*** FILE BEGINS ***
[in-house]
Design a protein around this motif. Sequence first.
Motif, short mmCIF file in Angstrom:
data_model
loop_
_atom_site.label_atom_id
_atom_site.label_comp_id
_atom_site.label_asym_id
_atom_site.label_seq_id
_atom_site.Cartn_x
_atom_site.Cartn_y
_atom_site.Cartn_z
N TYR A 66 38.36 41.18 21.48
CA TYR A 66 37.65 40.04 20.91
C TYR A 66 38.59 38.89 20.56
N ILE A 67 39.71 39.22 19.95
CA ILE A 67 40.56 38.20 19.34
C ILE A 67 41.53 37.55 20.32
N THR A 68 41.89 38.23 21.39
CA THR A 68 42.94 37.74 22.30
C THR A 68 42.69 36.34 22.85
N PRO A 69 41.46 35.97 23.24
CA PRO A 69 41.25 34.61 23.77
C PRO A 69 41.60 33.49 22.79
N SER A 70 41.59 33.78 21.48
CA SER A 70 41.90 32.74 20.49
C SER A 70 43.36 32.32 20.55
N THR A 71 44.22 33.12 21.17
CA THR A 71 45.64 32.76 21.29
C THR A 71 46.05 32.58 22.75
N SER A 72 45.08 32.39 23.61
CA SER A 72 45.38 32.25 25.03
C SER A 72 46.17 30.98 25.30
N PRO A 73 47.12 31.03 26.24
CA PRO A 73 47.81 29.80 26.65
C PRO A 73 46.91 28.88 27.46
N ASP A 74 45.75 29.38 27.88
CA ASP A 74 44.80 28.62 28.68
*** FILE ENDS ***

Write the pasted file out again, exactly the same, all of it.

[in-house]
Design a protein around this motif. Sequence first.
Motif, short mmCIF file in Angstrom:
data_model
loop_
_atom_site.label_atom_id
_atom_site.label_comp_id
_atom_site.label_asym_id
_atom_site.label_seq_id
_atom_site.Cartn_x
_atom_site.Cartn_y
_atom_site.Cartn_z
N TYR A 66 38.36 41.18 21.48
CA TYR A 66 37.65 40.04 20.91
C TYR A 66 38.59 38.89 20.56
N ILE A 67 39.71 39.22 19.95
CA ILE A 67 40.56 38.20 19.34
C ILE A 67 41.53 37.55 20.32
N THR A 68 41.89 38.23 21.39
CA THR A 68 42.94 37.74 22.30
C THR A 68 42.69 36.34 22.85
N PRO A 69 41.46 35.97 23.24
CA PRO A 69 41.25 34.61 23.77
C PRO A 69 41.60 33.49 22.79
N SER A 70 41.59 33.78 21.48
CA SER A 70 41.90 32.74 20.49
C SER A 70 43.36 32.32 20.55
N THR A 71 44.22 33.12 21.17
CA THR A 71 45.64 32.76 21.29
C THR A 71 46.05 32.58 22.75
N SER A 72 45.08 32.39 23.61
CA SER A 72 45.38 32.25 25.03
C SER A 72 46.17 30.98 25.30
N PRO A 73 47.12 31.03 26.24
CA PRO A 73 47.81 29.80 26.65
C PRO A 73 46.91 28.88 27.46
N ASP A 74 45.75 29.38 27.88
CA ASP A 74 44.80 28.62 28.68